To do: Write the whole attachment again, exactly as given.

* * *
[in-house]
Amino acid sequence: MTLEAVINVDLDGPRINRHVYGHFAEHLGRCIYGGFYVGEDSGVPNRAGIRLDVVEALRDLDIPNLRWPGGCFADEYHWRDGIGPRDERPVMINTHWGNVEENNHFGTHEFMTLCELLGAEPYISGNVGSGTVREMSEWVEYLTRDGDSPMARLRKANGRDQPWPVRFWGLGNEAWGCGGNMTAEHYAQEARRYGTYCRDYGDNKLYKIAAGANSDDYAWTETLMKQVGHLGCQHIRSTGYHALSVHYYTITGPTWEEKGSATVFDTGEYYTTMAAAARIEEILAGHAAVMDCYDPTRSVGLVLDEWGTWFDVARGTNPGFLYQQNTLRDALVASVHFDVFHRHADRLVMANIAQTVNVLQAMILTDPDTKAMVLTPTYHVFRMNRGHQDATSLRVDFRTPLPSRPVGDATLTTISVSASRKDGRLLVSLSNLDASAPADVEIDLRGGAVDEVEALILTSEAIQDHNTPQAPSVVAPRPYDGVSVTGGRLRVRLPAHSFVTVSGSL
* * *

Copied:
[in-house]
Amino acid sequence: MTLEAVINVDLDGPRINRHVYGHFAEHLGRCIYGGFYVGEDSGVPNRAGIRLDVVEALRDLDIPNLRWPGGCFADEYHWRDGIGPRDERPVMINTHWGNVEENNHFGTHEFMTLCELLGAEPYISGNVGSGTVREMSEWVEYLTRDGDSPMARLRKANGRDQPWPVRFWGLGNEAWGCGGNMTAEHYAQEARRYGTYCRDYGDNKLYKIAAGANSDDYAWTETLMKQVGHLGCQHIRSTGYHALSVHYYTITGPTWEEKGSATVFDTGEYYTTMAAAARIEEILAGHAAVMDCYDPTRSVGLVLDEWGTWFDVARGTNPGFLYQQNTLRDALVASVHFDVFHRHADRLVMANIAQTVNVLQAMILTDPDTKAMVLTPTYHVFRMNRGHQDATSLRVDFRTPLPSRPVGDATLTTISVSASRKDGRLLVSLSNLDASAPADVEIDLRGGAVDEVEALILTSEAIQDHNTPQAPSVVAPRPYDGVSVTGGRLRVRLPAHSFVTVSGSL